Running Reindeer Ranch lets you meet reindeer up close

April 21, 2022 by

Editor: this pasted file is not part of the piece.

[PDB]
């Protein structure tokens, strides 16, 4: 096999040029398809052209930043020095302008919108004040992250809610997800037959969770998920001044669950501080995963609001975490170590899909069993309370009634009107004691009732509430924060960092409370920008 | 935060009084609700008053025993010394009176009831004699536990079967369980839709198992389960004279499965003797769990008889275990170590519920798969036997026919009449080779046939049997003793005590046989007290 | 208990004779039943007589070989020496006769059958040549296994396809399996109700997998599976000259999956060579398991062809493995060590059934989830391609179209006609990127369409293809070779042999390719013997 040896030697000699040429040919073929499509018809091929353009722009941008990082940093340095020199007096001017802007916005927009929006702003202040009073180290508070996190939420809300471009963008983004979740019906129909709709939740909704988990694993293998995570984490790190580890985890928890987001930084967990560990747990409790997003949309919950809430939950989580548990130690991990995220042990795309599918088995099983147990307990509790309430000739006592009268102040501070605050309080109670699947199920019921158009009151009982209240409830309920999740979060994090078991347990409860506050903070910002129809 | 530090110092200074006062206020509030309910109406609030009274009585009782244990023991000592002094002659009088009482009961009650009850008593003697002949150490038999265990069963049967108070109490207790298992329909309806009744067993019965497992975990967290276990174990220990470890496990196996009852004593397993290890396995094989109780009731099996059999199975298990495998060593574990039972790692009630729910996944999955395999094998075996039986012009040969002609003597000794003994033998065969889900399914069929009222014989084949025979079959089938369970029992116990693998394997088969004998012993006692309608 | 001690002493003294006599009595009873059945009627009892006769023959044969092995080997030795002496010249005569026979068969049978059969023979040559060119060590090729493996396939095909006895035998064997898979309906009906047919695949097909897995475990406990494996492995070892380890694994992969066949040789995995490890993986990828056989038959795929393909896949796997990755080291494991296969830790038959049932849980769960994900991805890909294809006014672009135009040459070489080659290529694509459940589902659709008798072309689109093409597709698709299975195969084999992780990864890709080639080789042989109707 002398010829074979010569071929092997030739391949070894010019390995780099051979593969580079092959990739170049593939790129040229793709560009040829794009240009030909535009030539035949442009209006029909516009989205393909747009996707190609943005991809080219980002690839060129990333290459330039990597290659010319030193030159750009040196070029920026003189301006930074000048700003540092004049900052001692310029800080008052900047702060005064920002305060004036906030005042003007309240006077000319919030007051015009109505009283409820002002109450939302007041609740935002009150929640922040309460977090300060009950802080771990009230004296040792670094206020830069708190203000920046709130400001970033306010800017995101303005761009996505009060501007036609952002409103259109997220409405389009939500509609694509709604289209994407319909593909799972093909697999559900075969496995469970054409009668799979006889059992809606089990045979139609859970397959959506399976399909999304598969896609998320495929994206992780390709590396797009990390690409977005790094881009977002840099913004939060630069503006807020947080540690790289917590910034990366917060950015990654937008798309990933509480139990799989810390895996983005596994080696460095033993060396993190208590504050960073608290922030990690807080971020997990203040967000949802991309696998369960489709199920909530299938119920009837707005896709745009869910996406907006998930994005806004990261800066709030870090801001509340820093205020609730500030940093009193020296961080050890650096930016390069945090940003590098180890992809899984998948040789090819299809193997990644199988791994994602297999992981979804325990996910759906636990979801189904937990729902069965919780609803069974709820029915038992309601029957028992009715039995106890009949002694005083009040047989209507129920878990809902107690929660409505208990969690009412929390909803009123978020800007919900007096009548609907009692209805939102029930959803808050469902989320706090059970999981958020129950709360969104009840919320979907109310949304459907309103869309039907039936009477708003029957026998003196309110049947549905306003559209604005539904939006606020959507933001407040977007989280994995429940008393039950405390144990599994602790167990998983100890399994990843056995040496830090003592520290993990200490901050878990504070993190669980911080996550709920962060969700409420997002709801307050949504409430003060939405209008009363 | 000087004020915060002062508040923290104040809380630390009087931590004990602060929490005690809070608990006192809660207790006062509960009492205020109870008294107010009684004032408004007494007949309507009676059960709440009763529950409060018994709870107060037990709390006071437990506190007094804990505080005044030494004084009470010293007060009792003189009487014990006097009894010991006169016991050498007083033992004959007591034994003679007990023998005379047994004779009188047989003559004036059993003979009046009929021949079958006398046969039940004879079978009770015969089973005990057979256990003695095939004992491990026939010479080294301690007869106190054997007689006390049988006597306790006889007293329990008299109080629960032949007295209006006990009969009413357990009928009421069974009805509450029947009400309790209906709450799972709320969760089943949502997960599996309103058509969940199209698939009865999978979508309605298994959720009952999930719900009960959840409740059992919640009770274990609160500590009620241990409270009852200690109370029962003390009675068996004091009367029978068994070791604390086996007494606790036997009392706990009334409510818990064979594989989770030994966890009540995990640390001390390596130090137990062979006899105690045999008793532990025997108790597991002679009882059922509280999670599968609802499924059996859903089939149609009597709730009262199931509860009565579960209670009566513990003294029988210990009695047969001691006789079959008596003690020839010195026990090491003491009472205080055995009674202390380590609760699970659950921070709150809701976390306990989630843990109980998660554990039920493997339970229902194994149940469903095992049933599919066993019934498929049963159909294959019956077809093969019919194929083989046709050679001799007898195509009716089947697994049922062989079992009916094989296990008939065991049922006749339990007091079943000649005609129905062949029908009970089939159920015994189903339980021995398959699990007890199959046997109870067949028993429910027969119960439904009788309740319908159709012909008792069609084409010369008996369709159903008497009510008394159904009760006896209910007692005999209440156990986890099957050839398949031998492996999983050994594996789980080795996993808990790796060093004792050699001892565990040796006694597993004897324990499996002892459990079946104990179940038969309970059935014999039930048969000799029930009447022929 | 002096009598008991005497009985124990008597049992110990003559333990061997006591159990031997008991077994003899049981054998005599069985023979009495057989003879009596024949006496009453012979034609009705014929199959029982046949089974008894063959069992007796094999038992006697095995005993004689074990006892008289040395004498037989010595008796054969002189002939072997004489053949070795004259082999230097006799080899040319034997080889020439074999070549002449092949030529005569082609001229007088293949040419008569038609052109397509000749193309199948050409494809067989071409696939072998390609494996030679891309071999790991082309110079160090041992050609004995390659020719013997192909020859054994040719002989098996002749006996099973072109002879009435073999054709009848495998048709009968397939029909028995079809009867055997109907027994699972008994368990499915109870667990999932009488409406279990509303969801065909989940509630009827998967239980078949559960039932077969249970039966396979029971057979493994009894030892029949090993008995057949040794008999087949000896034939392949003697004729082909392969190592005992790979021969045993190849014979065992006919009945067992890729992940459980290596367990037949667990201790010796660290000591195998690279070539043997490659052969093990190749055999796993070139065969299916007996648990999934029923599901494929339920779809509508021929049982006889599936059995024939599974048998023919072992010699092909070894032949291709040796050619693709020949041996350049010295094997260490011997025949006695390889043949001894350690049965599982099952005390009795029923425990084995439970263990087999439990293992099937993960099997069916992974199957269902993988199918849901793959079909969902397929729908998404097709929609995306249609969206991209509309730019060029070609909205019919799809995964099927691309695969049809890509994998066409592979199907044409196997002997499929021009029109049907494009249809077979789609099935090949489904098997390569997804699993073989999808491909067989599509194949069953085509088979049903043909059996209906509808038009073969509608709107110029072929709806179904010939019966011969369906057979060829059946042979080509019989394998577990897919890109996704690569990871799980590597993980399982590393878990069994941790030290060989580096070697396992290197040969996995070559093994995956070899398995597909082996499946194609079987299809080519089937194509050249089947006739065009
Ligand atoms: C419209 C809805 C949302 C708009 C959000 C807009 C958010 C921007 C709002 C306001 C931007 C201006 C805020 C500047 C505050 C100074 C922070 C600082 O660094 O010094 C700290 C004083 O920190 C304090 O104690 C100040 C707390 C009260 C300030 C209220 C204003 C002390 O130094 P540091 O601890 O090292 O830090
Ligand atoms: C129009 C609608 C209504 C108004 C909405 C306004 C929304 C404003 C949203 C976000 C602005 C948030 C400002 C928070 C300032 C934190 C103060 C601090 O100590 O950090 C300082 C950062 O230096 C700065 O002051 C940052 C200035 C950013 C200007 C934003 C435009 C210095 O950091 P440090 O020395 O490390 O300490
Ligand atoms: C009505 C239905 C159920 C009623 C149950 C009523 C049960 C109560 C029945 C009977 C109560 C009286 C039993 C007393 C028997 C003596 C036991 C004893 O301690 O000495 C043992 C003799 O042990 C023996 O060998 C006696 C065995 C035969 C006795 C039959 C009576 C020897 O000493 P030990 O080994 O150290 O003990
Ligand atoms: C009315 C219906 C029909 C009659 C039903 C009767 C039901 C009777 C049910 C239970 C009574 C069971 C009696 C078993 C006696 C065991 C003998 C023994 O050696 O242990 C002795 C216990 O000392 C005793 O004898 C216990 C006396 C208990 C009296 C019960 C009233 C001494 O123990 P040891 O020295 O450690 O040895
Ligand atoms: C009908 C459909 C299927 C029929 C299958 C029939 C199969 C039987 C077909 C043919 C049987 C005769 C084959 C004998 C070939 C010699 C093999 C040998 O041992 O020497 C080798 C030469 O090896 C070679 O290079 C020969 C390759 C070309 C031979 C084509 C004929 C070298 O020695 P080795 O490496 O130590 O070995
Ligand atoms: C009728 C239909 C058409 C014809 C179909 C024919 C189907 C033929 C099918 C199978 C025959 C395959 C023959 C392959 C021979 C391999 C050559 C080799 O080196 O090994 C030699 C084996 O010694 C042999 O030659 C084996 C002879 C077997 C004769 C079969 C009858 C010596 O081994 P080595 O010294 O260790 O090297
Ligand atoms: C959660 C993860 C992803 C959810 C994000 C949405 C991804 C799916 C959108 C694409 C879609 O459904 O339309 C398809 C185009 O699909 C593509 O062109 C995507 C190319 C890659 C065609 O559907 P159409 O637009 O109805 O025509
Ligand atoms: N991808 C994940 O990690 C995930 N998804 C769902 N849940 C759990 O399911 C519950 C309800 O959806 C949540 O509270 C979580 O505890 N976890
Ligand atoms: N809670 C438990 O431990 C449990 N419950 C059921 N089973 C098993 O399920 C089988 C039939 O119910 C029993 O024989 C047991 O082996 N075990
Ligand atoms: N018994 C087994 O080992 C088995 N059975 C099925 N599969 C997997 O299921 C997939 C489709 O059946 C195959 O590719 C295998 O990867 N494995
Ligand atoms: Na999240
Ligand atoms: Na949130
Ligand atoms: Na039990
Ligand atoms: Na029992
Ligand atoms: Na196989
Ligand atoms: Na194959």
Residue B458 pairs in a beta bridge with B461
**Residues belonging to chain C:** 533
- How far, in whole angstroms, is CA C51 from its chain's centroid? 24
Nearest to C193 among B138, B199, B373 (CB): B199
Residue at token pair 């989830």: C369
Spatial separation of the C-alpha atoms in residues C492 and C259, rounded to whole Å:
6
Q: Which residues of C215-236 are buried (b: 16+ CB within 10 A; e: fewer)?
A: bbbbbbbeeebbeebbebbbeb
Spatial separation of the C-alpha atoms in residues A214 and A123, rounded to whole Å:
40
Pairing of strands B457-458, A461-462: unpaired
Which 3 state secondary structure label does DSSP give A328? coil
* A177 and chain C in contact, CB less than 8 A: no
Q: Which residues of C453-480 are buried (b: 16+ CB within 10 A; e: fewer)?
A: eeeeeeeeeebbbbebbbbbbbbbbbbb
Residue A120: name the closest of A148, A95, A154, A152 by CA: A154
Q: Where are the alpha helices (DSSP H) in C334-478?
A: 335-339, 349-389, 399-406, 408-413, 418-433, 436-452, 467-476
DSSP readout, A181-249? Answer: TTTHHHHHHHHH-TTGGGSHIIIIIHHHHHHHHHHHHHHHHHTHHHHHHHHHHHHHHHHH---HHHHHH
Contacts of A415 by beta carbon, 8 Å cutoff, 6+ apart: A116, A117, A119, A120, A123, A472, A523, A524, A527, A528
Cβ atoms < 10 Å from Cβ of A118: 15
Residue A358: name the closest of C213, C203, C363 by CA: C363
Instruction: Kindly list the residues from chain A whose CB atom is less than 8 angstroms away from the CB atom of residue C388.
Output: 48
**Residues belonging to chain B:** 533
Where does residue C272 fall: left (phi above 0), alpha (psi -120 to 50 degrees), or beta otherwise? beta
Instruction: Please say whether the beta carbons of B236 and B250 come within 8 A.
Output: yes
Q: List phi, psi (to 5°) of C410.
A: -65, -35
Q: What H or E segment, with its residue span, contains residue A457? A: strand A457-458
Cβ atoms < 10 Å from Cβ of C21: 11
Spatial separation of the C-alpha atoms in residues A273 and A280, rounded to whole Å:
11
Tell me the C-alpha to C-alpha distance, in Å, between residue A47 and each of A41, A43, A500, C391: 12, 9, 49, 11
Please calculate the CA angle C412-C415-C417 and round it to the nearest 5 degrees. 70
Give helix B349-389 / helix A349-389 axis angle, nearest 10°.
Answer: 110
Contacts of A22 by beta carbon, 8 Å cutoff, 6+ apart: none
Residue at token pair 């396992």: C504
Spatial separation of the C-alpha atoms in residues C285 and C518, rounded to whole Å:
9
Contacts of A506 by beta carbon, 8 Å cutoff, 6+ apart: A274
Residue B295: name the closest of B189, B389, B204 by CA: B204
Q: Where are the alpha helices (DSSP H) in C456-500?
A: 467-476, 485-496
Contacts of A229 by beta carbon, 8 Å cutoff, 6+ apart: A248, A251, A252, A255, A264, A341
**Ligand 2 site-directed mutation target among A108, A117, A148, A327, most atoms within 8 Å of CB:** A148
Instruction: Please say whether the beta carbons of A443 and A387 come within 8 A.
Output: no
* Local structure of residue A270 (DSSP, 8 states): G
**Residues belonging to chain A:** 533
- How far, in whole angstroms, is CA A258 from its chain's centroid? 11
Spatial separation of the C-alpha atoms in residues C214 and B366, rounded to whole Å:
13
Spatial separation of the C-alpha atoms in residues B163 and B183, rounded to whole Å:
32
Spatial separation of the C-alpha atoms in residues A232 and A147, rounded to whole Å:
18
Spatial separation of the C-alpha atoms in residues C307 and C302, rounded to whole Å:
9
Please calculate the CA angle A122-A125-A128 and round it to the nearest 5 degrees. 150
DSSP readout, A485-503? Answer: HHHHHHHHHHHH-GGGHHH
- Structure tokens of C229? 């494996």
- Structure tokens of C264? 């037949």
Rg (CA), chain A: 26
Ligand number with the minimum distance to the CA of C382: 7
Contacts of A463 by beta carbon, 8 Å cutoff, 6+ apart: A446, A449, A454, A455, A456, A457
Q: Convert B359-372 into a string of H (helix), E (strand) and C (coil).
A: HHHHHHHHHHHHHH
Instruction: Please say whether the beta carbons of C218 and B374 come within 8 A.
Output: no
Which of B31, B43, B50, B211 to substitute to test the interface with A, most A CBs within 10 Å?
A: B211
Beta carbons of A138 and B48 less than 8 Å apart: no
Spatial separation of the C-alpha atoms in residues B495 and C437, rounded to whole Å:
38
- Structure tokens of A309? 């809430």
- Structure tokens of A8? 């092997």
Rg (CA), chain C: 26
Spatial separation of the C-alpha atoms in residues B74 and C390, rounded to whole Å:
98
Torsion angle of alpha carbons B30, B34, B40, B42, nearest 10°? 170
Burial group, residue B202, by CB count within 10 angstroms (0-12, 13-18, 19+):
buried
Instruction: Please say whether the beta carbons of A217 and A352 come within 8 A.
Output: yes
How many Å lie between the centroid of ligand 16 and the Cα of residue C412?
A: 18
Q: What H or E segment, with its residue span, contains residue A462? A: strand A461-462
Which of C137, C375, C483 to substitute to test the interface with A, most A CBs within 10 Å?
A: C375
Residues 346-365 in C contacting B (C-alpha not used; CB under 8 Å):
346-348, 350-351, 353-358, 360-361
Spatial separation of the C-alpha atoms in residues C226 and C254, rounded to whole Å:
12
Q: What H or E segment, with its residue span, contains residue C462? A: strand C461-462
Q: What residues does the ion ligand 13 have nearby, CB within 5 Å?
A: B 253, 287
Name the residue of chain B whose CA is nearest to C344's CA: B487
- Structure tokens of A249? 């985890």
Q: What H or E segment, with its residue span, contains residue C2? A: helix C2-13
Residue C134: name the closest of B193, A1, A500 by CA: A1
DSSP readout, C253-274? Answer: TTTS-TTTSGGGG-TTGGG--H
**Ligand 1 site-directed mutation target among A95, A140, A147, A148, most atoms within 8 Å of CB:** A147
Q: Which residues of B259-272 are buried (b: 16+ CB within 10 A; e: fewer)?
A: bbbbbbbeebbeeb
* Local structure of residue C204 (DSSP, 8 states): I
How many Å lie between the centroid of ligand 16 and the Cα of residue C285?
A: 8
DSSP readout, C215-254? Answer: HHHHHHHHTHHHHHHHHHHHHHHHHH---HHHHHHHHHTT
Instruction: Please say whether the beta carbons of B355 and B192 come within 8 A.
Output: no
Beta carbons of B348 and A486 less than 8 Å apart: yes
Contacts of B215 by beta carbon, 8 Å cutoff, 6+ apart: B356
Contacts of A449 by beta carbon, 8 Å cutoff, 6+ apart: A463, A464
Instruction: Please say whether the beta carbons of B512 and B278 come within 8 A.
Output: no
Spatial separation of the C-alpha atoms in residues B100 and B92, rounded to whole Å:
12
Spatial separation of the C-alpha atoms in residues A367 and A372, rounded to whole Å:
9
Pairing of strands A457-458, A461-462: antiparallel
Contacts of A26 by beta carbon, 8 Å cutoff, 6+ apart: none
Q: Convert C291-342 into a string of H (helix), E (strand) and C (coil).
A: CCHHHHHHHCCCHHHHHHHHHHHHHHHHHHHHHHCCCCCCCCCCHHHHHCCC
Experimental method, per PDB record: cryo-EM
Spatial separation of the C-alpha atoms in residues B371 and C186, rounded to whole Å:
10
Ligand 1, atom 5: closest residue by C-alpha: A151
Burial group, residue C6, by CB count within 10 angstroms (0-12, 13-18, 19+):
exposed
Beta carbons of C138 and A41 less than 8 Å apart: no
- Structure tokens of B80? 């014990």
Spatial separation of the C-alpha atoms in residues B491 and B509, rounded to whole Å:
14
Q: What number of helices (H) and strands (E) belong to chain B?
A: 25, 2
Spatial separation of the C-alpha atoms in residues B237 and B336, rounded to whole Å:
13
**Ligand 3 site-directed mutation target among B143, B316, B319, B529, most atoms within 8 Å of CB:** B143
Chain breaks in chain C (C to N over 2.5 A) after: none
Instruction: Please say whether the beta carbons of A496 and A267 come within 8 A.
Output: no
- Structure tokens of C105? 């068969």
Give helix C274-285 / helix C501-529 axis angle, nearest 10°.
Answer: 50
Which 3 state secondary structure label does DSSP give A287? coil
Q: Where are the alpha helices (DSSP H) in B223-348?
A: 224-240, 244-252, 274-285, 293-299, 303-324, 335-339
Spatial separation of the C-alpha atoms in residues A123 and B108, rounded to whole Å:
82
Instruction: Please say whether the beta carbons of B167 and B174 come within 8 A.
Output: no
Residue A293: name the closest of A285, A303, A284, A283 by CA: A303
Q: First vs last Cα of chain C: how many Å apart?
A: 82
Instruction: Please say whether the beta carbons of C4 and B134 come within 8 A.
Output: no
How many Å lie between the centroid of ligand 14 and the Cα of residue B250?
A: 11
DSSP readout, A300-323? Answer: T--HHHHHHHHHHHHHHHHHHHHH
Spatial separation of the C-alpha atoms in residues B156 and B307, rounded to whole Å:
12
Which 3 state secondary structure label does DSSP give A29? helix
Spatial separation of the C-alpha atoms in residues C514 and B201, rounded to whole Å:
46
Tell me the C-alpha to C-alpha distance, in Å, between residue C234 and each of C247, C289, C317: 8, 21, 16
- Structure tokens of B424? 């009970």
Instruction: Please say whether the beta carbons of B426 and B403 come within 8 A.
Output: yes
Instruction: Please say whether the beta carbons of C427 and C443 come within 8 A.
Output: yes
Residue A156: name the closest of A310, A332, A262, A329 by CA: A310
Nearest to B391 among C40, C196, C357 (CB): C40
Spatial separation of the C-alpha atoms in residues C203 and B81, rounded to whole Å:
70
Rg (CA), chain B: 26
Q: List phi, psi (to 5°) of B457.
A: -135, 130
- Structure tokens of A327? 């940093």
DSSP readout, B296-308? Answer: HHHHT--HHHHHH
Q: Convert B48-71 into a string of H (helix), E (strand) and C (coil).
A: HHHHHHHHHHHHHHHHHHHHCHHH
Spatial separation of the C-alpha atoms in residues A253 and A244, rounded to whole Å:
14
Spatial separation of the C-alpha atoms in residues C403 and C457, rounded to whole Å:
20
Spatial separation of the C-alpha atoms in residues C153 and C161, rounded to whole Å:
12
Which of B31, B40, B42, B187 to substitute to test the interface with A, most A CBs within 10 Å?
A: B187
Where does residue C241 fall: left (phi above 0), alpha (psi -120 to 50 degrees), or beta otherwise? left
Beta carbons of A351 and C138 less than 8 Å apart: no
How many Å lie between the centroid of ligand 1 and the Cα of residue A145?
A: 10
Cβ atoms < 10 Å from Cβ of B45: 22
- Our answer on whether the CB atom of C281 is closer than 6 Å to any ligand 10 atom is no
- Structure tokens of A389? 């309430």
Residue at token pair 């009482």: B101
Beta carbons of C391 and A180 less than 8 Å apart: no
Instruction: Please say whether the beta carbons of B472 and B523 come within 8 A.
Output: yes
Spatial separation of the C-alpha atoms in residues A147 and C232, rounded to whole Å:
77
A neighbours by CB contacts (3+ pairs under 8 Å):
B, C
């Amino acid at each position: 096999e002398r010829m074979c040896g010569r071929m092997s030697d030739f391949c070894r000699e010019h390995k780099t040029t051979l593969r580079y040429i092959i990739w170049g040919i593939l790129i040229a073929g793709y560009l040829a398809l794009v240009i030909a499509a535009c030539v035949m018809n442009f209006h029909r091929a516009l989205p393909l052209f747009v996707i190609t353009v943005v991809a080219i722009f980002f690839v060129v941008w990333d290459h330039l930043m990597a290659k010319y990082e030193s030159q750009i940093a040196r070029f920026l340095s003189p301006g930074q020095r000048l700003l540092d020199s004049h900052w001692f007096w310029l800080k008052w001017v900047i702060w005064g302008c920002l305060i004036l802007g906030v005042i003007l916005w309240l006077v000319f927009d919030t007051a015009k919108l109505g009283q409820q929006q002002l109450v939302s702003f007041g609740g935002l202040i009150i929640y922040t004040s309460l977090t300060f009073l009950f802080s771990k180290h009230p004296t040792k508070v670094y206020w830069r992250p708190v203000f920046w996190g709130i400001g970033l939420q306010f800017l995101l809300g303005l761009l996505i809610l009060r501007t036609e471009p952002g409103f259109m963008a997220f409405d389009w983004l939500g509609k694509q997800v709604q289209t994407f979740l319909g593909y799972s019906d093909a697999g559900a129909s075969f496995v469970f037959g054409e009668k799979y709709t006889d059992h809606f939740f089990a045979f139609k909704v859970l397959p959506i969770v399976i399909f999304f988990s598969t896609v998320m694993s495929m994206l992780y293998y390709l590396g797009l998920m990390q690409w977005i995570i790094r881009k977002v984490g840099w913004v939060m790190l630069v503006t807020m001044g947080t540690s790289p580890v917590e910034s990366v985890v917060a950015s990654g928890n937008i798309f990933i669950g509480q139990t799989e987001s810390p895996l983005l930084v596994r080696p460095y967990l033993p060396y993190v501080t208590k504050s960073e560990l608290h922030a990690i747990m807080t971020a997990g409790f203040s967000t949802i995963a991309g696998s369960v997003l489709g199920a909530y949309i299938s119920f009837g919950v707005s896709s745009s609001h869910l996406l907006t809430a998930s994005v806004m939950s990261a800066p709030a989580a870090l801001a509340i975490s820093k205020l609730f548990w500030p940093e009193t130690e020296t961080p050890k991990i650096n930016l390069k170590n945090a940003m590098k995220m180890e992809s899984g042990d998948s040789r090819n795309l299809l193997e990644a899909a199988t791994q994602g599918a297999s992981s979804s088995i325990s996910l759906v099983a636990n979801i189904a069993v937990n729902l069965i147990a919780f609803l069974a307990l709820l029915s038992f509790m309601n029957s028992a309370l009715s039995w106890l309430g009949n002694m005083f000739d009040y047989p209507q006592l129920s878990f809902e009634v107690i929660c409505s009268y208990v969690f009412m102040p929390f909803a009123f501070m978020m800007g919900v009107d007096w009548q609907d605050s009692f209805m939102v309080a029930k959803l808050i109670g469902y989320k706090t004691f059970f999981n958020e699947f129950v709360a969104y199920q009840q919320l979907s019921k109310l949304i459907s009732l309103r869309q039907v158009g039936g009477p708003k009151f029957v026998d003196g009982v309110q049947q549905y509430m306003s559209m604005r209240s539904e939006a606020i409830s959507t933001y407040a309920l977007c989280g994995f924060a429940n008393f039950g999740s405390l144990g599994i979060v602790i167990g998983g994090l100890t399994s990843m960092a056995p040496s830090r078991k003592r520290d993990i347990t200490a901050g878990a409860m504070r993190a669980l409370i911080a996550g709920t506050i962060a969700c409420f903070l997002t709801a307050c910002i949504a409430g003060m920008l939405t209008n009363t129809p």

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As I walked through the boreal forest just outside of Fairbanks,  Alaska , I reached out and touched the marvelously thick fur of a passing reindeer. At 15,000 hairs per inch, they were better suited for the February day than I was, wrapped up in my parka, mittens and snow boots. “Forty below is t-shirt weather for them,” said Jane Atkinson, owner of  Running Reindeer Ranch  and keeper of the reindeer herd. “They’re true  Arctic  thrivers.” Related: The smart, simple way ecoducts help animals survive Before visiting the ranch, I knew little about  reindeer  beyond their magical ability to drag an airborne sleigh around the world in a single night. But Atkinson soon set me straight on all things reindeer. Reindeer versus caribou In Europe, the terms “reindeer” and “ caribou ” are used interchangeably. But in Alaska and Canada, reindeer are the domesticated form of caribou. They’re the same species but have a long and interesting history. Caribou are native to areas close to the  Arctic Circle , including North America, Russia and Scandinavia. Nobody knows exactly when humans domesticated caribou, but archeological evidence from Siberia suggests that people may have trained the beasts to pull sleds 2,000 years ago. After archeologists unearthed and radiocarbon dated some artifacts near Salekhard, northern Siberia, contemporary Indigenous reindeer herders identified the artifacts as part of the headgear used to train young reindeer to pull sleds. Fast forward to the 1890s. Whaling had decimated the marine mammal population around Alaska. So, the U.S. government introduced nonnative reindeer to Alaska to give the Inuit people another food source in addition to their traditional diet of walruses, seals and whales. The government also funded Sami reindeer herders from northern  Scandinavia  to teach reindeer husbandry to Inuit people. Later, the 1937 Reindeer Act banned Sami and other nonnative Alaskans from this occupation. Meanwhile, some reindeer escaped their human herders and either formed their own feral herds or joined migrating caribou. This is especially true on islands, such as Nunivak, St. Lawrence, and the Pribilof and Aleutian Islands. About 12,000 of Alaska’s estimated 18,000 reindeer live on the Seward Peninsula, the remnant of the famous land bridge that allowed animals and people to migrate between Eurasia and  North America . Founding the ranch Though Atkinson’s life now revolves around reindeer, introducing her herd to  tourists  was an unanticipated career direction. The idea first came up when her daughter Robin was 10. Unappeased by pets like hamsters, finches, guinea pigs and even a chinchilla, Robin dreamed of raising a big livestock animal. The girl spent a couple of years researching reindeer, talking to herders and saving her money. She tried to find a reindeer angle for every school project, from social studies to science fairs. Finally, the family bought its first pair of reindeer from Palmer, Alaska, about 330 miles away. Over the centuries, reindeer farmers selectively bred the migratory instinct out of them. “Where they’re born is where their heart is, and they’re difficult to rehome,” said Atkinson. That held true for their original pair, who managed to escape one stormy night and try to get back home to Palmer. Atkinson and her friends and family followed reindeer tracks for four days. They enlisted the help of state troopers, Fish and Game personnel and local radio stations. Finally, the reindeer were found in a  McDonald’s  parking lot in Fairbanks and brought back to their new home. Hence the name, Running Reindeer Ranch. Since then, all their reindeer have been born at the ranch and are happy homebodies. Visiting  Running Reindeer Ranch A visit to Running Reindeer Ranch starts with a safety talk before meeting the reindeer. When I was there in February, we still had to wear masks (though most Alaskans weren’t) due to a  COVID  outbreak in deer. We stood in a big circle on the snow while Atkinson warned us to watch out for antlers. “One of their favorite games is push my antlers,” Atkinson said. We were not to engage. Also, we should be careful of naughty reindeer who like to sneak up from behind and poke visitors in the butt. Once we knew the rules, Atkinson’s helper released the reindeer, who thundered down a hill toward us to eat little piles of  lichen  set out for them on the snow. They can weigh up to 450 pounds, so it was a tad scary as they rushed past, but also thrilling. They’re gorgeous animals, and their antlers were even bigger than I expected. As they ate lichen, Atkinson introduced them to us one by one, telling us their names and histories and describing their personalities. After meeting the 11 reindeer, we strolled up a snowy hill together. The reindeer were mostly interested in trying to find things to eat in the snow and rubbing their faces against trees but tolerated a fair amount of petting. They don’t exactly respect personal space, so I kept a constant lookout for antlers. Periodically, we’d stop, and Atkinson and her helper furthered our reindeer  education  as the herd foraged in the snow. In Alaska, Atkinson told us, reindeer are  livestock . So when she’s had vets out to the ranch, they haven’t always understood that her reindeer are more like pets. If one is ailing, she’s not going to just turn it into dinner. “My reindeer are lucky to have been born into a vegetarian household,” she said. At one point, we stopped to listen to the clicking sound reindeer make when they walk. It’s the sound of snapping ligaments, an adaptation that helps them high step through the snow. In the famous  Christmas  song “Up on the Rooftop,” the “click, click, click” refers to their clicking ligaments, Atkinson explained. Reindeer shed their massive antlers every spring and grow them back in summer at the startling rate of up to an inch per day. “It’s the fastest growing tissue in the  animal  kingdom,” Atkinson said. Another fascinating factoid? They can smell lichen through snow and have UV vision. “They can see under the snow and see the shadow of the lichen. Then they dive their head in and eat it.” They are intriguing, gentle creatures, as long as they’re not trying to play “push my antlers.” Visiting them once made me want to return, preferably in summer when they turn brown and velvety. “They look like Hershey bars walking through the forest,” Atkinson said of their summer coats. Summer is also the season when Running Reindeer offers reindeer  yoga . And what could be better than that? + Running Reindeer Ranch Images by Teresa Bergen / Inhabitat